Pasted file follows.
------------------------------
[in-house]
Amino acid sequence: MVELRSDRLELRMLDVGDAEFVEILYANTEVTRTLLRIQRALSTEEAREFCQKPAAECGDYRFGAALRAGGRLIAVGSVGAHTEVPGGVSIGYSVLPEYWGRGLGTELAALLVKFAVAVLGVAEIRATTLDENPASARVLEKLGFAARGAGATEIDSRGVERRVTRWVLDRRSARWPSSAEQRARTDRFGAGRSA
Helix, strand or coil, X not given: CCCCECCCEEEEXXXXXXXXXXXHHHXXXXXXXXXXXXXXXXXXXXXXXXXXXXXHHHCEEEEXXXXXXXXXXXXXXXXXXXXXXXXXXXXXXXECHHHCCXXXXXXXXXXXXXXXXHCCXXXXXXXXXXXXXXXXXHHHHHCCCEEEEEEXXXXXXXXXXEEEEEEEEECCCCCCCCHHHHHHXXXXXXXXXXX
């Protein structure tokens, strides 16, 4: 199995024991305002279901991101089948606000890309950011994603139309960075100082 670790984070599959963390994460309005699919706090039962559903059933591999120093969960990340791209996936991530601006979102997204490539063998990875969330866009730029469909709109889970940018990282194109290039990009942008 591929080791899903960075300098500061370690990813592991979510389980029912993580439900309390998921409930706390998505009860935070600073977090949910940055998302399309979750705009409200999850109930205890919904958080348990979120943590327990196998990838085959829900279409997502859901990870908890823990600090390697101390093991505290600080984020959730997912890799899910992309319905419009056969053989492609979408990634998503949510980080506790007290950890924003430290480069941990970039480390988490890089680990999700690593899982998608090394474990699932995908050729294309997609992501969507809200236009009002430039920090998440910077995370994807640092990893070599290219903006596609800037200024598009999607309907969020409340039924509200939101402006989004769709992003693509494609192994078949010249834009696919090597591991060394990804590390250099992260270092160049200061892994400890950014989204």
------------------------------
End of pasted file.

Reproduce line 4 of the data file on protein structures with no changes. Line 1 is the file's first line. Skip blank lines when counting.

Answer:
């Protein structure tokens, strides 16, 4: 199995024991305002279901991101089948606000890309950011994603139309960075100082 670790984070599959963390994460309005699919706090039962559903059933591999120093969960990340791209996936991530601006979102997204490539063998990875969330866009730029469909709109889970940018990282194109290039990009942008 591929080791899903960075300098500061370690990813592991979510389980029912993580439900309390998921409930706390998505009860935070600073977090949910940055998302399309979750705009409200999850109930205890919904958080348990979120943590327990196998990838085959829900279409997502859901990870908890823990600090390697101390093991505290600080984020959730997912890799899910992309319905419009056969053989492609979408990634998503949510980080506790007290950890924003430290480069941990970039480390988490890089680990999700690593899982998608090394474990699932995908050729294309997609992501969507809200236009009002430039920090998440910077995370994807640092990893070599290219903006596609800037200024598009999607309907969020409340039924509200939101402006989004769709992003693509494609192994078949010249834009696919090597591991060394990804590390250099992260270092160049200061892994400890950014989204």